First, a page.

Dinesh D’Souza’s “The Big Lie: Exposing the Nazi Roots of the American Left” is a jujitsu exercise that argues that only Donald Trump’s G.O.P. can “denazify” a U.S.A. in thrall to liberal totalitarianism.
.. But the two books are also sometimes weirdly similar, making them respectable and disreputable embodiments of the same crisis in the right-wing mind.
.. For Flake, as for many Republican critics of the current president, Goldwater-to-Reagan conservatism is the true faith that Trump has profaned, to which the right must return
.. His imagined G.O.P. would no longer need to “ascribe the absolute worst motives” to liberals, “traffic in outlandish conspiracy theories,” or otherwise engage in the kind of demagogy that informs, well, Dinesh D’Souza’s recent work.
.. But because D’Souza has become a hack, even his best material basically just rehashes Jonah Goldberg’s “Liberal Fascism” from 10 years ago, and because D’Souza has become a professional deceiver, what he adds are extraordinary elisions, sweeping calumnies and laughable leaps.
.. To pick just one example: It would be nonsense at any juncture to argue that because famed Indian-fighter Andrew Jackson was a Democrat and the Nazis admired the expulsion of the Indians, contemporary Democrats are basically Nazis. To make the argument during a Republican presidency that has explicitly laid claim to Andrew Jackson even as Democrats disavow Old Hickory is so bizarre that the term “big lie” might be usefully applied.
.. the senator and the demagogue both think that conservatives need to … cut social programs in order to cut taxes on the rich.
.. So long as they are not broken, the G.O.P. has two options. It can follow Flake’s lead and be a high-minded party of small-government principle, disavowing bigotry and paranoia — and it will lose elections
.. Or it can follow D’Souza’s lead (and Trump’s, now that his populist agenda seems all-but-dead) and wrap unpopular economic policies in wild attacks on liberalism. With this combination, the Republican Party can win elections, at least for now — not because most Americans can be persuaded that liberals are literally Nazis, but because liberalism’s intolerant and utopian tendencies make people fear the prospect of granting progressives political power to match their cultural hegemony.
Winning this way is a purely negative achievement for the right, a recipe for failed governance extending years ahead.
.. leaders and activists and donors to have an intellectual epiphany, and to realize that the way up from Trumpism requires rethinking the policieswhere Jeff Flake and Dinesh D’Souza find a strange sort of common ground.
Palin remains critical: to a faction of the Republican Party, and to understanding the emergence of Donald Trump and Trumpism — the ideology created by the president’s most ardent supporters, though not necessarily by the president himself.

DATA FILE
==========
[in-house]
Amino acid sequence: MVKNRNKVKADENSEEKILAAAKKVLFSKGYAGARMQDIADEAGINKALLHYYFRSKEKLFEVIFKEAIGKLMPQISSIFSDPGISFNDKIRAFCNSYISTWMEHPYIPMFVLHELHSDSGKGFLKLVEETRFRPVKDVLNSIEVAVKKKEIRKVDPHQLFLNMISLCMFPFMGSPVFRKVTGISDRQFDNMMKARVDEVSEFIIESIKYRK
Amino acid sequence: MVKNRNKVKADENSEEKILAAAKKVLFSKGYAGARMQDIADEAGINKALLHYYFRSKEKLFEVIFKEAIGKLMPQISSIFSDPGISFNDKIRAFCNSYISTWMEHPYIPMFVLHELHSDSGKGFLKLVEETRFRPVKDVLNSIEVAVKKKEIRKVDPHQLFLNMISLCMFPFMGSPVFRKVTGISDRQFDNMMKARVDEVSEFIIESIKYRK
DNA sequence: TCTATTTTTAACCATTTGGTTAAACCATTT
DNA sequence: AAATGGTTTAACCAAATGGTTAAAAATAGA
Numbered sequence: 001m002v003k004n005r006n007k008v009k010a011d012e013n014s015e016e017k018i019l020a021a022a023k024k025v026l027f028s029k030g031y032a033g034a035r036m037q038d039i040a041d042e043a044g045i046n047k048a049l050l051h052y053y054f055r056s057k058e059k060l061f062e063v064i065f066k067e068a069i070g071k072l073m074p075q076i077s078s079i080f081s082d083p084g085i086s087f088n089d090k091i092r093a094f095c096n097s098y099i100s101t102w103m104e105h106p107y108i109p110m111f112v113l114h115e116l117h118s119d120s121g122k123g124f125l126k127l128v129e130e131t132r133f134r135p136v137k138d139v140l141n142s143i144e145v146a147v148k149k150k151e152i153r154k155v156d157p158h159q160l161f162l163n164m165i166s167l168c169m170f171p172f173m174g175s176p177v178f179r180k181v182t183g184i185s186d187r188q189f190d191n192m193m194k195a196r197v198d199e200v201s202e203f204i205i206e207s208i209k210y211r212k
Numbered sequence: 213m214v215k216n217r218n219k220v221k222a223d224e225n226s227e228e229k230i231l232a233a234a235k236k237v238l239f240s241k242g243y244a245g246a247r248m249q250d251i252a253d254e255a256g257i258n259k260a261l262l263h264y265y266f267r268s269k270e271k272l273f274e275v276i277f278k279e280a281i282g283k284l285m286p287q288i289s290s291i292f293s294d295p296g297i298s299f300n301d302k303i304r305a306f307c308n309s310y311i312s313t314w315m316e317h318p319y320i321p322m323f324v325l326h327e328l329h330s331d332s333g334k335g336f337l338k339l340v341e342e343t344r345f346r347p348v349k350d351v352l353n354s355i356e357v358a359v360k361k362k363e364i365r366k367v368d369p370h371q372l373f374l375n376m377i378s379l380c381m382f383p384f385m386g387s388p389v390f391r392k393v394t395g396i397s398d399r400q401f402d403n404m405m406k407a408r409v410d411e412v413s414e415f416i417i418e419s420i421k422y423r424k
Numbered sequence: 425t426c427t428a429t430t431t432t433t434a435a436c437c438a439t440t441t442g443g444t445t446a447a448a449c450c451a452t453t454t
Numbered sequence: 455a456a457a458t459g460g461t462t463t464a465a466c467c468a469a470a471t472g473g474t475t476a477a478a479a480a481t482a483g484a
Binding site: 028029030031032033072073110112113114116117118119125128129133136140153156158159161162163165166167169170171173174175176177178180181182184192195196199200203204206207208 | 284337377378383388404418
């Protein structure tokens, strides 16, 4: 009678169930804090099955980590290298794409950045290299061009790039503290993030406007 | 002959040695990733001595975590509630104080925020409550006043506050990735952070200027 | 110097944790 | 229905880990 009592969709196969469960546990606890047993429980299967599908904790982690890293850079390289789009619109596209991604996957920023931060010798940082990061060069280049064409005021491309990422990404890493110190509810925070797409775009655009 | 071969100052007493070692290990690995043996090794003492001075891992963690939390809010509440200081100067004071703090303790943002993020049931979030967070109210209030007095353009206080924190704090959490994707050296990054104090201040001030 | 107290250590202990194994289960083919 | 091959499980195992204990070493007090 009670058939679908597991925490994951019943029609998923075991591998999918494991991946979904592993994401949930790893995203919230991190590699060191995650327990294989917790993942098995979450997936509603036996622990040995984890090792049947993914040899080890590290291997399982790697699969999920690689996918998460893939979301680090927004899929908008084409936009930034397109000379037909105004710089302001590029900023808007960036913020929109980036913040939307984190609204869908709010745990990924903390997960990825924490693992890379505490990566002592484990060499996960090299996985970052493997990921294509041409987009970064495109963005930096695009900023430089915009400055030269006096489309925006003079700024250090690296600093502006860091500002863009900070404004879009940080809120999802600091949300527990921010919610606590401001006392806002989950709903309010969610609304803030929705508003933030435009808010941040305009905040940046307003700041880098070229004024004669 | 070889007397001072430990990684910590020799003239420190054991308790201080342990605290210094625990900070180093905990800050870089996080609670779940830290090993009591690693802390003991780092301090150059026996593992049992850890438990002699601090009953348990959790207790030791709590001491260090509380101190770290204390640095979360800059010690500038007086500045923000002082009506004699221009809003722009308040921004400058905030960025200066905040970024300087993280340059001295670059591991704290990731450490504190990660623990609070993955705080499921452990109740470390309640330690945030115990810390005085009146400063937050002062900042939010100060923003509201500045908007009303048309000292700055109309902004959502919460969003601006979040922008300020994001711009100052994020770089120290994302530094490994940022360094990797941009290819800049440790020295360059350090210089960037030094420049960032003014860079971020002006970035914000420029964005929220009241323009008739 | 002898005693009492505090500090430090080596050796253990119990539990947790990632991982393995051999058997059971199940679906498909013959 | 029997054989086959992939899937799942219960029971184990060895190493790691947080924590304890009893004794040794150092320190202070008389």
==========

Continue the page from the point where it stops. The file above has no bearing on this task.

.. From the moment Palin entered the national scene, the praise for her on the right was heavily tied to her image.
.. Kathleen Parker said of her initial interest in Palin: “She was the antithesis and nemesis of the hirsute, Birkenstock-wearing sisterhood — a refreshing feminist of a different order who personified the modern successful working mother.”
Nowhere in the piece were Palin’s conservative viewpoints referenced; her views on, say, health care or school choice, or even abortion, went unmentioned. Palin’s problem, in Parker’s view, wasn’t her beliefs but her tendency to ramble. What mattered about the governor was what she could reflect back to a hungry Republican base: an “attractive, earnest [and] confident” woman in a position of power.
.. Palin said what the base was thinking.
- She accused Barack Obama of “palling around with terrorists.”
- She praised those willing to “screw the political correctness.” She cheered the birther movement promoted by one Donald Trump.
- As the keynote speaker at the first-ever National Tea Party Convention in February 2010, she taunted Democrats, “How’s that hopey-changey stuff working out?”
.. Palin was an avatar for how her supporters felt about themselves and the world they wanted to see, one they saw rapidly slipping away from them. Sure, she might be wrong, they seemed to say, but she’s like us. She is us.
.. her departure left an opening that was filled by Trump
.. Trump campaigned on the Palin model. In fact, he improved upon it. His identity was his trademark, rendering the constant shifts in policy goals and promises almost meaningless. His base saw in Trump what they wanted to see.
- .. Some saw a fighter who would stand up for them,
- others saw a vaunted truth-teller,
- and a few, truth be told, likely saw a potential white-nationalist hero.
And he gave it to them: the image, the veneer, the blank slate upon which their deeply held dreams
.. his base will not leave him, because to abandon Trump would not be to abandon the current president but to leave behind deeply held beliefs of their own... His popularity is cultural, not political, resilient to the notions of truth and fiction and to Trump’s own failures.